It is nice to be able to order a drink or find the restroom in a foreign country. But is it necessary for famously monolingual Americans to have full command of a second language? The answer increasingly seems to be, “yes.”
“For every language you add, there are millions more people you can work with,” says David Crawford, senior academic counselor for the College of Arts and Sciences at Oklahoma State University.
He works with students who are majoring or minoring in one of OSU’s foreign language programs as well as students who are interested in taking a few classes to gain marketability in their industry by learning a second language.
Of the nearly 20 languages taught at colleges and universities around Oklahoma it might be hard to determine which is the most beneficial.
Dr. Perry Gethner, the department head of Foreign Languages and Literatures at OSU, says the answer to this question varies largely on an individual’s goals and career path.
“Some languages are considerably more useful for people than others,” he says.
Gethner says Spanish overtook French as the most common language taught in schools in the 1980s. However, both remain valuable languages.
Crawford works with many students who are preparing for jobs on oilrigs and want to add Spanish to their credentials. He says many of his French students have been able to work in Haitian communities. Additionally, students in the school’s large hotel and restaurant management program benefit from foreign languages in an industry that serves tourists from all over the world.
“There are pockets of foreign language all over the nation,” Crawford points out.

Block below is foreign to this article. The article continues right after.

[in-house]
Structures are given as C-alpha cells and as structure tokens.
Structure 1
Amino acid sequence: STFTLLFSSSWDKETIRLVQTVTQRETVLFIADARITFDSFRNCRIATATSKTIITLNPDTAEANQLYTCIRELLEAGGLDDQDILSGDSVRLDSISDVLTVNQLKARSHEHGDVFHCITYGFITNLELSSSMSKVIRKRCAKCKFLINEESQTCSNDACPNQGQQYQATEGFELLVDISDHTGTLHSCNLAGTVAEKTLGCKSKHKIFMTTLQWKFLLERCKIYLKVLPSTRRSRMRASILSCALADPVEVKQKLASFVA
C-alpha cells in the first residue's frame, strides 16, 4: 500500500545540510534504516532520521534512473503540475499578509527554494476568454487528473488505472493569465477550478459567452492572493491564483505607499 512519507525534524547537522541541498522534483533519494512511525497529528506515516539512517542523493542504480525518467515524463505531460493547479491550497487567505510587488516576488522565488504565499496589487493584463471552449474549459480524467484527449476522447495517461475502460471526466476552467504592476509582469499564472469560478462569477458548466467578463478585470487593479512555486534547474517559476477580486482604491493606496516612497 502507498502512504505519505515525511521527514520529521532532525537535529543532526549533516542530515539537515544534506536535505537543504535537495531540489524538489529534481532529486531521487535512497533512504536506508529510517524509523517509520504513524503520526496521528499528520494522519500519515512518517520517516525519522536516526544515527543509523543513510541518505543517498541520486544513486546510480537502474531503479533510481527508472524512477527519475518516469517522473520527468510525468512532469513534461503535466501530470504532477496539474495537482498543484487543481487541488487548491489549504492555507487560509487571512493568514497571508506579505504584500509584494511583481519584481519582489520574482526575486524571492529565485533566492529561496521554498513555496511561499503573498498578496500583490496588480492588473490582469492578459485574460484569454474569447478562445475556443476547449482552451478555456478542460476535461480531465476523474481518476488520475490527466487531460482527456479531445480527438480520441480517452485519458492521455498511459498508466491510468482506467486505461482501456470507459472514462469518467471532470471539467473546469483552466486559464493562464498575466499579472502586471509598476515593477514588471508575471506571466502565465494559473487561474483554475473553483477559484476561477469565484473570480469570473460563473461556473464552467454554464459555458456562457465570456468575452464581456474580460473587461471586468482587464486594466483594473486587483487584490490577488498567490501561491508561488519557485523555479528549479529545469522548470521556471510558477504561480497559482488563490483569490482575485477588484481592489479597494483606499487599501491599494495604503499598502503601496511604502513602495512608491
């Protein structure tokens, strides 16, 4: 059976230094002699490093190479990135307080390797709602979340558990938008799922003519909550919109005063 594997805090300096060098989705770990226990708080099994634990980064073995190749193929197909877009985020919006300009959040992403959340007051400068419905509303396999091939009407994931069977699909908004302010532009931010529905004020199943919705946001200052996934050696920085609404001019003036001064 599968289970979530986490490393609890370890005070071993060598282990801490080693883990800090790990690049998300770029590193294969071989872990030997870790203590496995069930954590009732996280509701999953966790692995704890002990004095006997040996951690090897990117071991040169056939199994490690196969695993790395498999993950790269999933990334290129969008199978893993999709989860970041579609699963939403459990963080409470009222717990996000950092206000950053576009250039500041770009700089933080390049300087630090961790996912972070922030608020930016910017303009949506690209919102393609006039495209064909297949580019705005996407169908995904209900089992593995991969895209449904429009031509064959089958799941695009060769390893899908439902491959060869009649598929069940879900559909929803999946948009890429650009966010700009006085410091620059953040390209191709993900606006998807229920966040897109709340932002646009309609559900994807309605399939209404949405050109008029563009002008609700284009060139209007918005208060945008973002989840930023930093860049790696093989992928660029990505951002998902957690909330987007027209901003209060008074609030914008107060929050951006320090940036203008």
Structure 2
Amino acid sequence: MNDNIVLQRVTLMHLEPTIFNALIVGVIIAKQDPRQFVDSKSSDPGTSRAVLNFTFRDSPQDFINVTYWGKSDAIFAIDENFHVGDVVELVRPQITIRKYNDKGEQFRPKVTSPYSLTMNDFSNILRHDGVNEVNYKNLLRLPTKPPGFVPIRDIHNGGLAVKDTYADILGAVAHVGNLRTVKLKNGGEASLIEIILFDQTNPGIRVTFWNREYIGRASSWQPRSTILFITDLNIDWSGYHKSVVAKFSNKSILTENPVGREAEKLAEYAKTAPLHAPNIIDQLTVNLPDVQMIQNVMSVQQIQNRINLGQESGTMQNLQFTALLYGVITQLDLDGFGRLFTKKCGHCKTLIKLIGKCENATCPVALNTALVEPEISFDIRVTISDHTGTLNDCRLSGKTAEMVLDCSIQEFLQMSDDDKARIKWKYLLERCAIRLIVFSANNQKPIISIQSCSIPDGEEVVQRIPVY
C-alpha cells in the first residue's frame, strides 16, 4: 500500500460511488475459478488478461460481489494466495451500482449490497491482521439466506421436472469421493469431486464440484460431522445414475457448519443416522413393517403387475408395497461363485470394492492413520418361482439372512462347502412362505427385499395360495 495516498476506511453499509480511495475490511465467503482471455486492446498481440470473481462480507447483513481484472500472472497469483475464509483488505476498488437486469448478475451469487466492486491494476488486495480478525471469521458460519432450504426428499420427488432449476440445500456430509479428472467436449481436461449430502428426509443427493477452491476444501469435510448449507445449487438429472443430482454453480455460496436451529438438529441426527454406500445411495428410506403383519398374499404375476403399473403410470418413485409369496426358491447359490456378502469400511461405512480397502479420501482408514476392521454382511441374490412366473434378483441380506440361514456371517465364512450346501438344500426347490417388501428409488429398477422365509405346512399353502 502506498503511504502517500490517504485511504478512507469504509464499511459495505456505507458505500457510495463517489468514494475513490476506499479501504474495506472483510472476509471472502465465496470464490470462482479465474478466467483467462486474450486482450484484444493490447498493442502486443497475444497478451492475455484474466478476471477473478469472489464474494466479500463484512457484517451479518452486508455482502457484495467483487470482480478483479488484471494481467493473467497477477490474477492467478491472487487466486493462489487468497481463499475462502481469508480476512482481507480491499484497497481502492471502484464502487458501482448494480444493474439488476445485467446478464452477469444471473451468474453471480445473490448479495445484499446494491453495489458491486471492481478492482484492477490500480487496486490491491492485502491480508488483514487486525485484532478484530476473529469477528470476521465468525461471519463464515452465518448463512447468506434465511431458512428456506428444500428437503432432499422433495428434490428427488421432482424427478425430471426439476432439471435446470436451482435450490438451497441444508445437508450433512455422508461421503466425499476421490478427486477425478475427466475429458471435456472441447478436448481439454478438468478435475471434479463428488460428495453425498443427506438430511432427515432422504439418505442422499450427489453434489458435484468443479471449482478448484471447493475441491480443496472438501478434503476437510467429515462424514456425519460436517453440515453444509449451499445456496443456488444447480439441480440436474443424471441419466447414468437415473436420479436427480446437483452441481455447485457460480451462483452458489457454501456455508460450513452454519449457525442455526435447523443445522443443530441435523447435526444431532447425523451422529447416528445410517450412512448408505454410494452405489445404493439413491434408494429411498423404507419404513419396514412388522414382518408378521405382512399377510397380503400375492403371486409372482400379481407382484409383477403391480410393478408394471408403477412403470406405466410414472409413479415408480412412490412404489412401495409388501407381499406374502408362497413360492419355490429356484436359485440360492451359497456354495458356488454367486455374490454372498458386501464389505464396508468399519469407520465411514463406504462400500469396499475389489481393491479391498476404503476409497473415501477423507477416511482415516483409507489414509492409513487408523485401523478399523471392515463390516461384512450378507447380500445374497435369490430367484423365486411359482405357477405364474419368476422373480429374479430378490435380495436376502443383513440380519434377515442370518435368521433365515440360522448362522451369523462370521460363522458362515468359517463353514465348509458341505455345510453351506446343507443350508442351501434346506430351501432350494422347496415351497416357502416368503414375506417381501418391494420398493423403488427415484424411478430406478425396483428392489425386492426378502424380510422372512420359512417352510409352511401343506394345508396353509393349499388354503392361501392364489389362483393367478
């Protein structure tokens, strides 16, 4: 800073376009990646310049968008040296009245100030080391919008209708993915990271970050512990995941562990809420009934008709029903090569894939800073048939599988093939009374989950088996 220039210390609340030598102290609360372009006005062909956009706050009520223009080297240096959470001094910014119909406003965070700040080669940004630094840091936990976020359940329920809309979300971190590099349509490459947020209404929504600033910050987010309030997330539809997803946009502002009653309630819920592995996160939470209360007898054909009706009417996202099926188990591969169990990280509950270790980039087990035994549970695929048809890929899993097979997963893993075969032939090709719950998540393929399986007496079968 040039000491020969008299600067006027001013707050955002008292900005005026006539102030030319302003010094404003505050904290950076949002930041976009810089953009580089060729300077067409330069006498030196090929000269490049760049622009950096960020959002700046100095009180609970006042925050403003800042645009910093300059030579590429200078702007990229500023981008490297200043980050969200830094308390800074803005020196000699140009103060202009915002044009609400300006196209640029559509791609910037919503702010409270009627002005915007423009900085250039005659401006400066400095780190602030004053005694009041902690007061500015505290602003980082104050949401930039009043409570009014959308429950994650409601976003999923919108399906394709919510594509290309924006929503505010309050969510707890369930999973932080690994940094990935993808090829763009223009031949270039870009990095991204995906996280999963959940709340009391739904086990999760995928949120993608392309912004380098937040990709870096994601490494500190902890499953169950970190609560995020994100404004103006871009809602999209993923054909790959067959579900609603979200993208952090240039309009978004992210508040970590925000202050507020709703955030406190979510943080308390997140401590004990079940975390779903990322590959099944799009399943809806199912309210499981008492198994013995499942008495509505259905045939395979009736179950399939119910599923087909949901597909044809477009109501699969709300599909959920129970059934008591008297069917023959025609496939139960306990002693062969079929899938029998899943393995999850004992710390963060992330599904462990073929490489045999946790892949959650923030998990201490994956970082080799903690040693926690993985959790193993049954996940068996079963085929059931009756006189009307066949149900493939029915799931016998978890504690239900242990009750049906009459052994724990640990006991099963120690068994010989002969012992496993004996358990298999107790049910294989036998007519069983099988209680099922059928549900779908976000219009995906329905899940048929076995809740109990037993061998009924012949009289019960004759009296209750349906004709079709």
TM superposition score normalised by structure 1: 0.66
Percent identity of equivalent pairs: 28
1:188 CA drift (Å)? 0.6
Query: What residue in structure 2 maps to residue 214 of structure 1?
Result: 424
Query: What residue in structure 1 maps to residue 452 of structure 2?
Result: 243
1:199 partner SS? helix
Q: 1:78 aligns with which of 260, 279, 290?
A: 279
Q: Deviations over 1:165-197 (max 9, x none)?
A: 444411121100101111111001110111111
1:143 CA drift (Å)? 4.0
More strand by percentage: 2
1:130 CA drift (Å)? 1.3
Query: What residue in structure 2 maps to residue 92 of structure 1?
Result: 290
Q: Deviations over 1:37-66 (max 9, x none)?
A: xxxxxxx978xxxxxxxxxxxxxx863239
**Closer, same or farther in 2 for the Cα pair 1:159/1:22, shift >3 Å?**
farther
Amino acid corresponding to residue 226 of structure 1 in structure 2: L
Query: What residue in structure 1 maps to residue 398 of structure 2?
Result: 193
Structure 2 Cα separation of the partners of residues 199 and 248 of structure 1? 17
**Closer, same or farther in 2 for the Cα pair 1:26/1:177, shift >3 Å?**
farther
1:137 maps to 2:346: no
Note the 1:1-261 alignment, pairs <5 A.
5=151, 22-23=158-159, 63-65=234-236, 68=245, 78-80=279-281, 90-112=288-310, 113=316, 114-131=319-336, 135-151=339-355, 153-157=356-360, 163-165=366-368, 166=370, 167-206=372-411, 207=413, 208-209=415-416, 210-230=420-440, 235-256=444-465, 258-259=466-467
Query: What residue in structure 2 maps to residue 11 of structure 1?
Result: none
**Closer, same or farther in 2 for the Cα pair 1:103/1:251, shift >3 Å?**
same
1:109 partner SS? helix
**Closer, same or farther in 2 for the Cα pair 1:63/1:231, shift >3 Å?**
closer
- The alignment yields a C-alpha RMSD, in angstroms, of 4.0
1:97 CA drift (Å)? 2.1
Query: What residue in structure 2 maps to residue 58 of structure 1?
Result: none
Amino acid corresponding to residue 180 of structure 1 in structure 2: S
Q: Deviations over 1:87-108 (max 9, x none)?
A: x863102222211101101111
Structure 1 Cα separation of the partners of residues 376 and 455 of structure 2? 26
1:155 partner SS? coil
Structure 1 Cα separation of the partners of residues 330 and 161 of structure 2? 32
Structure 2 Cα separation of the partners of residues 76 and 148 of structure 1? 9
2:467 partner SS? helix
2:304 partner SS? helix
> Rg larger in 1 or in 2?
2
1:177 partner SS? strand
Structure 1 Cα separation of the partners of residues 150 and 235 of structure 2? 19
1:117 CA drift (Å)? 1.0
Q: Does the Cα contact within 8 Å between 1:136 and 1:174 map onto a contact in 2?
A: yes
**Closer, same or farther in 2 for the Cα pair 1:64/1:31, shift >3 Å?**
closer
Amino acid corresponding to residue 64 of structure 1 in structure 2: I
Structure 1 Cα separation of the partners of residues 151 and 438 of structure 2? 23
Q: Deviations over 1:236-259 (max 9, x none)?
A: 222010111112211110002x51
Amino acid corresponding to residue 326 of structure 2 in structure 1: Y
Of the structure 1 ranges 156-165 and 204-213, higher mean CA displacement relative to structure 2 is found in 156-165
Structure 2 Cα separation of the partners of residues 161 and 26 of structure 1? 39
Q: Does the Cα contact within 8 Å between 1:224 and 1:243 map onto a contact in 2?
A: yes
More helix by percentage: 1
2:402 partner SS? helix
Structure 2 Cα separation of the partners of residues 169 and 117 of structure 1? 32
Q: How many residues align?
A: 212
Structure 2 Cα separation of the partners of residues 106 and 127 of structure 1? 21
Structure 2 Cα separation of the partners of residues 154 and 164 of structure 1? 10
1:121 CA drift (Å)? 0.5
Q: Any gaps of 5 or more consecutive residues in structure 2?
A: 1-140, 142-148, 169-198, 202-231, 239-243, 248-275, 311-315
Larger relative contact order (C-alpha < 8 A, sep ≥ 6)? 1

People with a second language are open to options in these areas that their monolingual peers are not.
“Having another language can really make you a (hot) commodity,” Crawford says.
For practical purposes, one could also turn to the list of languages the United States Department of State has classified as critical need. The need for people fluent in these 13 languages exceeds the number of people who are bilingual in them. Arabic, Chinese, Japanese, Korean and Russian are five languages from this list taught at colleges and universities in the state.
The Oklahoma State Regents for Higher Education has placed an emphasis on global competency with the goal of producing college graduates who are more aware of other countries and cultures, says Ben Hardcastle, the director of communications for the State Regents.
Learning a second language can greatly contribute to creating more globally aware graduates, Gethner says. “It contributes to open-mindedness and broadening horizons.”
Further, he says learning a second language is very good for developing the mind.
“Students (become) better writers in their first language and more careful about accuracy of expression and grammar,” Gethner says.
Recently published studies by Canadian research professor Ellen Bialystok do, in fact, show that people who speak two or more languages have increased ability to pay attention, organize and even have delayed onset of dementia.
These enhanced communication skills, Crawford says, serve students well in the job market even when they are not speaking the foreign language at all.